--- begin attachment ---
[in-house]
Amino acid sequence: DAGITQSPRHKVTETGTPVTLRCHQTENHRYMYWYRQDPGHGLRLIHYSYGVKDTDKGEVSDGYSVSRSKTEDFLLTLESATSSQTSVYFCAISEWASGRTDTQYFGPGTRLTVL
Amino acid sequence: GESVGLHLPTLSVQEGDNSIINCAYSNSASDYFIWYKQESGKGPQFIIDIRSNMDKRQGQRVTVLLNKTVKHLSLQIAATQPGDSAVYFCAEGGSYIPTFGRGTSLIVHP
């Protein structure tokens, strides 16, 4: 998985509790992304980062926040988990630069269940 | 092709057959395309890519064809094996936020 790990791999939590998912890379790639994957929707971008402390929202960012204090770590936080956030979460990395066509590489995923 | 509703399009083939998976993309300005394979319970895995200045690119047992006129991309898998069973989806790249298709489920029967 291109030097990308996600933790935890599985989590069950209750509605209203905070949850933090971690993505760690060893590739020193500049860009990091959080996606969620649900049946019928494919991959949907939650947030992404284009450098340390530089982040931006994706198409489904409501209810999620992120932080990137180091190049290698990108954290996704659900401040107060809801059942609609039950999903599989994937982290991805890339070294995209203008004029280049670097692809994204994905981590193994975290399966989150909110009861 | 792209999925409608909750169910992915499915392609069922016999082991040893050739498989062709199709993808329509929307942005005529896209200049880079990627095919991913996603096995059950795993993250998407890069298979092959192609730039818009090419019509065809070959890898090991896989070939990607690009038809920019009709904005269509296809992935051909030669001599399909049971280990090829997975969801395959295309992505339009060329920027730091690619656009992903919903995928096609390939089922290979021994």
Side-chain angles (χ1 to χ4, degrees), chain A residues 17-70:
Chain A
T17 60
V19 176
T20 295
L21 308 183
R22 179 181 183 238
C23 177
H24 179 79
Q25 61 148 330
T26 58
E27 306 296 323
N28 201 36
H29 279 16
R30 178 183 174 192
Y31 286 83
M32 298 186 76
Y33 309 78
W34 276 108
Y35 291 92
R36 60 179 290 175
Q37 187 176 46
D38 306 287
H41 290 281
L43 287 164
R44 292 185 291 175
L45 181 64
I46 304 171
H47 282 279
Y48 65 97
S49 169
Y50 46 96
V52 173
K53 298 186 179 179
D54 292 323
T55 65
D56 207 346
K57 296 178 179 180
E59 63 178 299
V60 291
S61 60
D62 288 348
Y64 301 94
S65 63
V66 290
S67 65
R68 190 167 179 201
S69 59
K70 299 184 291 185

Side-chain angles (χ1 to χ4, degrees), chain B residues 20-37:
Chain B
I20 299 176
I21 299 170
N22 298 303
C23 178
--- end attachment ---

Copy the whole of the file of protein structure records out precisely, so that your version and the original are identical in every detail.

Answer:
[in-house]
Amino acid sequence: DAGITQSPRHKVTETGTPVTLRCHQTENHRYMYWYRQDPGHGLRLIHYSYGVKDTDKGEVSDGYSVSRSKTEDFLLTLESATSSQTSVYFCAISEWASGRTDTQYFGPGTRLTVL
Amino acid sequence: GESVGLHLPTLSVQEGDNSIINCAYSNSASDYFIWYKQESGKGPQFIIDIRSNMDKRQGQRVTVLLNKTVKHLSLQIAATQPGDSAVYFCAEGGSYIPTFGRGTSLIVHP
């Protein structure tokens, strides 16, 4: 998985509790992304980062926040988990630069269940 | 092709057959395309890519064809094996936020 790990791999939590998912890379790639994957929707971008402390929202960012204090770590936080956030979460990395066509590489995923 | 509703399009083939998976993309300005394979319970895995200045690119047992006129991309898998069973989806790249298709489920029967 291109030097990308996600933790935890599985989590069950209750509605209203905070949850933090971690993505760690060893590739020193500049860009990091959080996606969620649900049946019928494919991959949907939650947030992404284009450098340390530089982040931006994706198409489904409501209810999620992120932080990137180091190049290698990108954290996704659900401040107060809801059942609609039950999903599989994937982290991805890339070294995209203008004029280049670097692809994204994905981590193994975290399966989150909110009861 | 792209999925409608909750169910992915499915392609069922016999082991040893050739498989062709199709993808329509929307942005005529896209200049880079990627095919991913996603096995059950795993993250998407890069298979092959192609730039818009090419019509065809070959890898090991896989070939990607690009038809920019009709904005269509296809992935051909030669001599399909049971280990090829997975969801395959295309992505339009060329920027730091690619656009992903919903995928096609390939089922290979021994």
Side-chain angles (χ1 to χ4, degrees), chain A residues 17-70:
Chain A
T17 60
V19 176
T20 295
L21 308 183
R22 179 181 183 238
C23 177
H24 179 79
Q25 61 148 330
T26 58
E27 306 296 323
N28 201 36
H29 279 16
R30 178 183 174 192
Y31 286 83
M32 298 186 76
Y33 309 78
W34 276 108
Y35 291 92
R36 60 179 290 175
Q37 187 176 46
D38 306 287
H41 290 281
L43 287 164
R44 292 185 291 175
L45 181 64
I46 304 171
H47 282 279
Y48 65 97
S49 169
Y50 46 96
V52 173
K53 298 186 179 179
D54 292 323
T55 65
D56 207 346
K57 296 178 179 180
E59 63 178 299
V60 291
S61 60
D62 288 348
Y64 301 94
S65 63
V66 290
S67 65
R68 190 167 179 201
S69 59
K70 299 184 291 185

Side-chain angles (χ1 to χ4, degrees), chain B residues 20-37:
Chain B
I20 299 176
I21 299 170
N22 298 303
C23 178